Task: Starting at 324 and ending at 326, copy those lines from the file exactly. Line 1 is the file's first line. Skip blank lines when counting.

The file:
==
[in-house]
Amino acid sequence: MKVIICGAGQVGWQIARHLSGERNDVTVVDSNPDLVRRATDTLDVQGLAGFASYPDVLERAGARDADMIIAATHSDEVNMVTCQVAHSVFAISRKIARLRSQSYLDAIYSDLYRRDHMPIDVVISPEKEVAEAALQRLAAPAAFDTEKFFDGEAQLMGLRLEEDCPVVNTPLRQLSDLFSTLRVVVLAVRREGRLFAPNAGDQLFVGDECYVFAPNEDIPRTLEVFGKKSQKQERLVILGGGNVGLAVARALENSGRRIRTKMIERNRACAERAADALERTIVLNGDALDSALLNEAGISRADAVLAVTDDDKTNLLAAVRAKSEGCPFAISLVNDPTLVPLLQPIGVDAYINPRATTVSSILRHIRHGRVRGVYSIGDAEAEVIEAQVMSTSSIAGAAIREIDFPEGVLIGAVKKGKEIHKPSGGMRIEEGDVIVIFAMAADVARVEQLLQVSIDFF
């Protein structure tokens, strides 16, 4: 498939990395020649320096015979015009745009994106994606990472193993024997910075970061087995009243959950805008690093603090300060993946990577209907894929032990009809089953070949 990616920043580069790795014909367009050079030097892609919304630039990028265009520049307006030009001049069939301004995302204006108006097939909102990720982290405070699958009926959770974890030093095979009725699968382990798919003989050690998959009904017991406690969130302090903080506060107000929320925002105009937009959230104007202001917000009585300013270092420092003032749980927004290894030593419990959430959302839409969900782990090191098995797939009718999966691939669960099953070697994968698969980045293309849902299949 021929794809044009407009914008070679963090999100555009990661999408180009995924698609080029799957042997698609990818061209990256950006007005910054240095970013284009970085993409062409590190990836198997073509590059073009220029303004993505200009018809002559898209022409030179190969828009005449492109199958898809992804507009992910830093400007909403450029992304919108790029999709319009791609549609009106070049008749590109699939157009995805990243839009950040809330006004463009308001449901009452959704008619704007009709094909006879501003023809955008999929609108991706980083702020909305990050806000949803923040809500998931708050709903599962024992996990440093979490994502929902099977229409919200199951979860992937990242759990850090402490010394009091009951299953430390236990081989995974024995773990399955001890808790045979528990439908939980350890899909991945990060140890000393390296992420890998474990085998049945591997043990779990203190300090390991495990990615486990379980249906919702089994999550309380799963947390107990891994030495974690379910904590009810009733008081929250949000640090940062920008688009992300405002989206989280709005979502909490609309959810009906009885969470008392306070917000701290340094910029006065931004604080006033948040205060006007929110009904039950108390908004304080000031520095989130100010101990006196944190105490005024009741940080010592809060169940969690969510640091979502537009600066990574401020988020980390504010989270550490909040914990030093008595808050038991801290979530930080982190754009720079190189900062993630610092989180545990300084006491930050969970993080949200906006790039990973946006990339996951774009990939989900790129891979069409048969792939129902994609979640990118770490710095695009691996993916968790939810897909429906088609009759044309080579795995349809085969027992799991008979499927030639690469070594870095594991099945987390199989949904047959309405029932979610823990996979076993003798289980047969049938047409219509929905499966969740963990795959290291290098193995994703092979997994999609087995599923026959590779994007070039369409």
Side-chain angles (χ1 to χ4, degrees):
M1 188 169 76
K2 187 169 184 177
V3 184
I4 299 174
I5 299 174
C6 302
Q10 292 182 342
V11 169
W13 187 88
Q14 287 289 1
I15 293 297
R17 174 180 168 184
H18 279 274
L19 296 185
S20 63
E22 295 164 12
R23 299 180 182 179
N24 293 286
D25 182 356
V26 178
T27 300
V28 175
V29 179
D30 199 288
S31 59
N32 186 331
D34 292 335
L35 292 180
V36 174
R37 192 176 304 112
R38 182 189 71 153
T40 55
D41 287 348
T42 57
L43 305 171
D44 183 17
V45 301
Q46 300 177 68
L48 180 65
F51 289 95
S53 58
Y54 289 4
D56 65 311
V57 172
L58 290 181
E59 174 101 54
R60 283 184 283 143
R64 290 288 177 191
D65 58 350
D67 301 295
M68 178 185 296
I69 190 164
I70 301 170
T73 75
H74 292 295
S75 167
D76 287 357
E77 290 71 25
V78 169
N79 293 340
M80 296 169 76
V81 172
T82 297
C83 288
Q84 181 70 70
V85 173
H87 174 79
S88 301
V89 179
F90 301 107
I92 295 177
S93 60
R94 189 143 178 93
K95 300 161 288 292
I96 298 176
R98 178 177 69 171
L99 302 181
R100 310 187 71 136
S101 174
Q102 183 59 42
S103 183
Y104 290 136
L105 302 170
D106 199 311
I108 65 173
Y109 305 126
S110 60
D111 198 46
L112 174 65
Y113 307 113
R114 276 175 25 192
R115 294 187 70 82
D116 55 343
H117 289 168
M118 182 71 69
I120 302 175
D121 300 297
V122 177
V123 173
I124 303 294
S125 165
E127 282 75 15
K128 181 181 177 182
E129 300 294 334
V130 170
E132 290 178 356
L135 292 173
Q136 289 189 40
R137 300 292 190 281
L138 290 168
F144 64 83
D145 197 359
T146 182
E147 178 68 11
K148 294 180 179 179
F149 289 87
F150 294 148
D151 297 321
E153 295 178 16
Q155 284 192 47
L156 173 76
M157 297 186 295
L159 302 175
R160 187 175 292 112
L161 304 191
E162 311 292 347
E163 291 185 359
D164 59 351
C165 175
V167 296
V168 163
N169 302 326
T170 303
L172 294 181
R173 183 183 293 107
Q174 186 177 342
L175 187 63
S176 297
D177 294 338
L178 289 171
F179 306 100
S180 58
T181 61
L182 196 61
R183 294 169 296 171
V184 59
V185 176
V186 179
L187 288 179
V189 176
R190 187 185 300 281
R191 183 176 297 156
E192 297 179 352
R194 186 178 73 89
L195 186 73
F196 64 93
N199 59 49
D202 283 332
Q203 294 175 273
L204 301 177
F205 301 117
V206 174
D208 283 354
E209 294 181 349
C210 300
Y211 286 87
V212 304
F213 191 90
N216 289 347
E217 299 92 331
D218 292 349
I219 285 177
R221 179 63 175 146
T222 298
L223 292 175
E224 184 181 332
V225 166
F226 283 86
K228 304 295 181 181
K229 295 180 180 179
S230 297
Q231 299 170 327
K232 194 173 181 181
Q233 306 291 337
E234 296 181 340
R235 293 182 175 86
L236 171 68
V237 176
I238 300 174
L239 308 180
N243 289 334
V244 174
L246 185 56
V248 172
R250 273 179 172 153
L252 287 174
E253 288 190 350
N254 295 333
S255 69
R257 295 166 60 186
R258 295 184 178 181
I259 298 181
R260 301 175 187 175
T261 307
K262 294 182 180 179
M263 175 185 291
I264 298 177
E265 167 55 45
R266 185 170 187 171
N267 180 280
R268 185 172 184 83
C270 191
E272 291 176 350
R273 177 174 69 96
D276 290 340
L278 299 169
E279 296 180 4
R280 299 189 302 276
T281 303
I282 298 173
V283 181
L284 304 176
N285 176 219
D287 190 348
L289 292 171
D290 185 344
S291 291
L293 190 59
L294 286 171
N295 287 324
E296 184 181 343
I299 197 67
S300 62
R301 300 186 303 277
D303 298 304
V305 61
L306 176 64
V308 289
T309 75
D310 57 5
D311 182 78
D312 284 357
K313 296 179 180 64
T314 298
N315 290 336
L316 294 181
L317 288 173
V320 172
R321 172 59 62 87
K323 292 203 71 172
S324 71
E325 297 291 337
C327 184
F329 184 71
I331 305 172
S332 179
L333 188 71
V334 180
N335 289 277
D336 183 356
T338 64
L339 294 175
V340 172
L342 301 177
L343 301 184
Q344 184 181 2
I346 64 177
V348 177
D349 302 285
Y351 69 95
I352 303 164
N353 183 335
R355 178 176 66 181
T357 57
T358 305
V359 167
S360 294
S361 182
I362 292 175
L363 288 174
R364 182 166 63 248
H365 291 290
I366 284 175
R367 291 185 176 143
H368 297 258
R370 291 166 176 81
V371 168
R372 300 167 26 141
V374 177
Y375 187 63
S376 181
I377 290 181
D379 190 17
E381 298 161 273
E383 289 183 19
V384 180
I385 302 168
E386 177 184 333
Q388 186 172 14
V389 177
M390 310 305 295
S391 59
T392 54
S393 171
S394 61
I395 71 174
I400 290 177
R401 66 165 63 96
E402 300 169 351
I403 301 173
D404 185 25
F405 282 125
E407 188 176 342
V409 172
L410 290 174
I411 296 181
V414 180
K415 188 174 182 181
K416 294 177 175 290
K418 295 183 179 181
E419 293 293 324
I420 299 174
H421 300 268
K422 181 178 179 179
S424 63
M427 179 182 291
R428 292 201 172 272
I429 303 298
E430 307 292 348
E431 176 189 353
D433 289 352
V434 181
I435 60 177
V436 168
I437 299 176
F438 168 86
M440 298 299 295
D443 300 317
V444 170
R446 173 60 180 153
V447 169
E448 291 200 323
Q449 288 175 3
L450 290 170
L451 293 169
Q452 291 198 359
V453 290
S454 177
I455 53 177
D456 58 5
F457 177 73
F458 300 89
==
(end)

K418 295 183 179 181
E419 293 293 324
I420 299 174